How does the ICP execution environment differ from other forms of execution environments?

Two major differences of ICP’s execution environment are:

1. Orthogonal persistence which allows canisters to transparently persist data that lives on their heap.

2. Reverse gas model which makes canisters pay for the actions they take and resource usage, freeing end users from the need of dealing with cycles themselves.

What’s the biggest challenge the team has faced?

One of the biggest challenges for the team is the constant struggle to prioritize all the features and requests we receive to add or improve things on ICP. It’s a good problem to have and we’re glad that through some of the discussions with developers on the forum or ICP.Lab sessions we have managed to identify some of the most important things to tackle and adjusted our priorities to match this feedback.

Have there been any improvements made as a direct result of node provider or developer feedback?

Many of the features the team has worked on or is currently working on have come from direct feedback from developers. Latest examples include canister timers as a more efficient solution compared to heartbeats, the work on large Wasm installations which is ongoing as well as improvements to the stable structures library that allows canisters to use stable memory efficiently.

What is the primary project that the Execution team is working on or focused on currently?

The team is focusing on scalability/performance and developer experience at the moment. As part of that effort we are contributing to the following projects:

  • Supporting 100k+ canisters on a subnet. This will help use cases like OpenChat and HotOrNot scale to the number of canisters they need without sacrificing on the benefits of staying in a single subnet.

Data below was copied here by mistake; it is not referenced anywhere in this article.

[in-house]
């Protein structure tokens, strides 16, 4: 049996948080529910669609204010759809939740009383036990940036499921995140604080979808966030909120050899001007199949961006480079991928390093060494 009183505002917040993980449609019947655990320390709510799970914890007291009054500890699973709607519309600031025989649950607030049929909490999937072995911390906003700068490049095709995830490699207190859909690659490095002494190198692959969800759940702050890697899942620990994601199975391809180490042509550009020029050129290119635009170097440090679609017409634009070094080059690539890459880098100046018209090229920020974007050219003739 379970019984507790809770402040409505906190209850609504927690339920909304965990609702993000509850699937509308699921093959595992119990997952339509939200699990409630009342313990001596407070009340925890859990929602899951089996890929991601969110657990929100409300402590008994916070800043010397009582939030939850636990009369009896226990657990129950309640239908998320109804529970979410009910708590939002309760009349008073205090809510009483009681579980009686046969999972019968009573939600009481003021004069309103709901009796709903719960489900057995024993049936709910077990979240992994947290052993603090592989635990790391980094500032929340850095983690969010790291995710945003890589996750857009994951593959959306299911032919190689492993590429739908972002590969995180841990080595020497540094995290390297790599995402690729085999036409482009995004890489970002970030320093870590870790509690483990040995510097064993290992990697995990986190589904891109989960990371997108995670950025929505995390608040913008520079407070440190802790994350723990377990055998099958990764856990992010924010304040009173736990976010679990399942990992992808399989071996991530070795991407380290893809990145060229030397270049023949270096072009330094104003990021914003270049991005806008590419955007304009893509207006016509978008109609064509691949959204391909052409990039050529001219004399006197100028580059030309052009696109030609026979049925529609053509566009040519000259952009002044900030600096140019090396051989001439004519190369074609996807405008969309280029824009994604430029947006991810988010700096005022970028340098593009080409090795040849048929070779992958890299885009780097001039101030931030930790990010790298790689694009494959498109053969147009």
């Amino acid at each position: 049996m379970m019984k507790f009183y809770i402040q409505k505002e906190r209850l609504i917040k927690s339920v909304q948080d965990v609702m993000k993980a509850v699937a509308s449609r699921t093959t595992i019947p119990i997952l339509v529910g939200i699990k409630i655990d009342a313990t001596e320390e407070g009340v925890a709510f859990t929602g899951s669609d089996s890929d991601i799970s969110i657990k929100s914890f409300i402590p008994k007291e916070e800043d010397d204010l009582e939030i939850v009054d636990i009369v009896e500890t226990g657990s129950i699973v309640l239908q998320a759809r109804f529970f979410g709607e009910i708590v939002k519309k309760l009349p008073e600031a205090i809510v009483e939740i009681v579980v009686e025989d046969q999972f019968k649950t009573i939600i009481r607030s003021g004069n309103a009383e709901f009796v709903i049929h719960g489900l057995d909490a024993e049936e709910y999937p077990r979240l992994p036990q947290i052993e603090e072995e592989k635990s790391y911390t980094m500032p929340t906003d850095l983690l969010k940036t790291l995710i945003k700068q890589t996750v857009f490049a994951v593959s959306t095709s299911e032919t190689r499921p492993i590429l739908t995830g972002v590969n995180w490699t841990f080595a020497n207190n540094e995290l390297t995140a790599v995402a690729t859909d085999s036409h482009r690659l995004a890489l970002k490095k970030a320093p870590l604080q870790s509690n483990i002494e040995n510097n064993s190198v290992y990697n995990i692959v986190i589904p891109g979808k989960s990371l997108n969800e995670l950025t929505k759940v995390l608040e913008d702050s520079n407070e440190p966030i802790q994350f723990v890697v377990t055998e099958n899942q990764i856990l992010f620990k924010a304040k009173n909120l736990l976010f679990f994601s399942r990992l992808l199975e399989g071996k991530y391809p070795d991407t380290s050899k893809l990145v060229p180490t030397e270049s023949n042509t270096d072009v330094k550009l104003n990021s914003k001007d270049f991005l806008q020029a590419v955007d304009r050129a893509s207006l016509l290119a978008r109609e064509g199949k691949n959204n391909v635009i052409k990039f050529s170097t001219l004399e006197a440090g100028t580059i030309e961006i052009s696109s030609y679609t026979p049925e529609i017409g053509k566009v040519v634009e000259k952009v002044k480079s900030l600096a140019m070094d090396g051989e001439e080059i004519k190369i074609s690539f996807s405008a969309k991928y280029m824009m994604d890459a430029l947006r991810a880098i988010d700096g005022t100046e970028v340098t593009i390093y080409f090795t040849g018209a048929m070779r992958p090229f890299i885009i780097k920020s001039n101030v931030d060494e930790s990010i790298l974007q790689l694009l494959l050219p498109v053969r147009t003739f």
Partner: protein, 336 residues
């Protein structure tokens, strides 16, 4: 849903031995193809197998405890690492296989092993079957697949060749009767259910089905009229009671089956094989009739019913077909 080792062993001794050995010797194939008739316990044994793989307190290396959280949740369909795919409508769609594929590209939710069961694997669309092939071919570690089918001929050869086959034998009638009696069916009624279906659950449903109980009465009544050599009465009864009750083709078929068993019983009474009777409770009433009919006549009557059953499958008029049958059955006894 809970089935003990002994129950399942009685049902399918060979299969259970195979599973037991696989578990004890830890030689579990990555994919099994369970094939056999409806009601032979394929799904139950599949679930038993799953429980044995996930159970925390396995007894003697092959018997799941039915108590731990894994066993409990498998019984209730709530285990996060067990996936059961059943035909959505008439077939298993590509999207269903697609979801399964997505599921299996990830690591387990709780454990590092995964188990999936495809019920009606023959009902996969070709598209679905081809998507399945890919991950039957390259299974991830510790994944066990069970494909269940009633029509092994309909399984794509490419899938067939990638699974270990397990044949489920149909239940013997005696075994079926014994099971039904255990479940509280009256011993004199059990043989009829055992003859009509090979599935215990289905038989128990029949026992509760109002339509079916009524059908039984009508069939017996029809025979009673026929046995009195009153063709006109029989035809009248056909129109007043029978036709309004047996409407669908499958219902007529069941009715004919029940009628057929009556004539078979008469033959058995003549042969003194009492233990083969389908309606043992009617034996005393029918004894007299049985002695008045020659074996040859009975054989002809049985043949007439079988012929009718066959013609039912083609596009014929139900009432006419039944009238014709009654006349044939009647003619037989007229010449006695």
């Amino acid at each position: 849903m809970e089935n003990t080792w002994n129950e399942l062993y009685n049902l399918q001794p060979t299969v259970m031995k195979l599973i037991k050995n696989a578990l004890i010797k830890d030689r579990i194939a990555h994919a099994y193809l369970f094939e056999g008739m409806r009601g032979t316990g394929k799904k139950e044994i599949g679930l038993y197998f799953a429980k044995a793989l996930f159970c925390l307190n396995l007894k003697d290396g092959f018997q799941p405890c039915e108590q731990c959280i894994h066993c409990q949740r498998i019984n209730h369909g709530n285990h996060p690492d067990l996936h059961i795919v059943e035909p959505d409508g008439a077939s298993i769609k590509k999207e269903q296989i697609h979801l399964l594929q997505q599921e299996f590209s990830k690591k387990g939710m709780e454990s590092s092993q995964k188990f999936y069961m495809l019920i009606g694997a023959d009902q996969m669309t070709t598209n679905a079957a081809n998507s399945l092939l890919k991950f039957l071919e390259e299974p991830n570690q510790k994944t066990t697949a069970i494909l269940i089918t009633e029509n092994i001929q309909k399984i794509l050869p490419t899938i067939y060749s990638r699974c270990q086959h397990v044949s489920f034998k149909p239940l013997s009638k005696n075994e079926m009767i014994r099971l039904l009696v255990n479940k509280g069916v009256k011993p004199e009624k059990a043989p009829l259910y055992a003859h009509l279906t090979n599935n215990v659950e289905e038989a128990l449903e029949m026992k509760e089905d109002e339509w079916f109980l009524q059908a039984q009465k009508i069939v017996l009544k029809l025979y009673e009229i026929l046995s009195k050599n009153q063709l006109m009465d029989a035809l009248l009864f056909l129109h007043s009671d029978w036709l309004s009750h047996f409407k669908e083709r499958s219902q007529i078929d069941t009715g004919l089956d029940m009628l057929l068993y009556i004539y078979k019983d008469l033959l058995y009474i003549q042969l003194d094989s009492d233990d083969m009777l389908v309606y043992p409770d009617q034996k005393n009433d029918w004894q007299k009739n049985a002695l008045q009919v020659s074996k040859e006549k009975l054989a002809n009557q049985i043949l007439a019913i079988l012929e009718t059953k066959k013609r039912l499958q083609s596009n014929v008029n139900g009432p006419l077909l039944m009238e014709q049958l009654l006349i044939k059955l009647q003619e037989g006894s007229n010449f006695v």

• Improvements to stable structures, the main one being the removal of bounds on keys/values of a StableBTreeMap.

  • Allowing to install large Wasm modules which will unblock new CDKs in Python and Azle.

Those projects sound extremely exciting and beneficial to the ICP dev community, especially unblocking new CDKs for Python and Azle! Where should developers look for the latest Execution updates?

We typically post updates of our work on the developer forum and give presentations about features/recent work in Global R&D meetings.

What is one feature or aspect of the ICP execution environment that the team is the most proud of?

We believe that Orthogonal Persistence is one of the coolest features of ICP and a key differentiator from other Web3 platforms or blockchains. It allows developers to truly focus on their business logic when writing canisters and avoid thinking about state management for the most part.

To wrap things up, what makes the Execution team unique compared to some of the other dev teams at DFINITY?

Compared to other teams, the execution team is interfacing a lot with developers given our work on the APIs that canisters have access to. In a sense, we act as a bridge between the core protocol and the user facing aspects of ICP.

A huge thank you to the Execution team for chatting with us today and providing a great look into what the Execution team is up to! Be sure to check in next time another team spotlight!